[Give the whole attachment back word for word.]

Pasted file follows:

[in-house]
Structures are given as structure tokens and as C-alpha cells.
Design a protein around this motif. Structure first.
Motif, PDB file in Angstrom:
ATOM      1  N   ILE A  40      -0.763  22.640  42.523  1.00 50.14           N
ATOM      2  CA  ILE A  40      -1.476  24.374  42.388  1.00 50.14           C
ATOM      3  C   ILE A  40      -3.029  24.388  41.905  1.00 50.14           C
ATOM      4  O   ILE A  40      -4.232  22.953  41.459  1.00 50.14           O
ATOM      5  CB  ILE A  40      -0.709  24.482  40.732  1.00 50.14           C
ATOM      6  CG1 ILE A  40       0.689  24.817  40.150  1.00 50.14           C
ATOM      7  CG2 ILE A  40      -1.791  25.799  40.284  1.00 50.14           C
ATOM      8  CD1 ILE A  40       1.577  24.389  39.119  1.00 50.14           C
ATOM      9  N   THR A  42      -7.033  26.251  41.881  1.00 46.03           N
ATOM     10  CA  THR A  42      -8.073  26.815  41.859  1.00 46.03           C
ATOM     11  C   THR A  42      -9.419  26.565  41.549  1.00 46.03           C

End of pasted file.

[in-house]
Structures are given as structure tokens and as C-alpha cells.
Design a protein around this motif. Structure first.
Motif, PDB file in Angstrom:
ATOM      1  N   ILE A  40      -0.763  22.640  42.523  1.00 50.14           N
ATOM      2  CA  ILE A  40      -1.476  24.374  42.388  1.00 50.14           C
ATOM      3  C   ILE A  40      -3.029  24.388  41.905  1.00 50.14           C
ATOM      4  O   ILE A  40      -4.232  22.953  41.459  1.00 50.14           O
ATOM      5  CB  ILE A  40      -0.709  24.482  40.732  1.00 50.14           C
ATOM      6  CG1 ILE A  40       0.689  24.817  40.150  1.00 50.14           C
ATOM      7  CG2 ILE A  40      -1.791  25.799  40.284  1.00 50.14           C
ATOM      8  CD1 ILE A  40       1.577  24.389  39.119  1.00 50.14           C
ATOM      9  N   THR A  42      -7.033  26.251  41.881  1.00 46.03           N
ATOM     10  CA  THR A  42      -8.073  26.815  41.859  1.00 46.03           C
ATOM     11  C   THR A  42      -9.419  26.565  41.549  1.00 46.03           C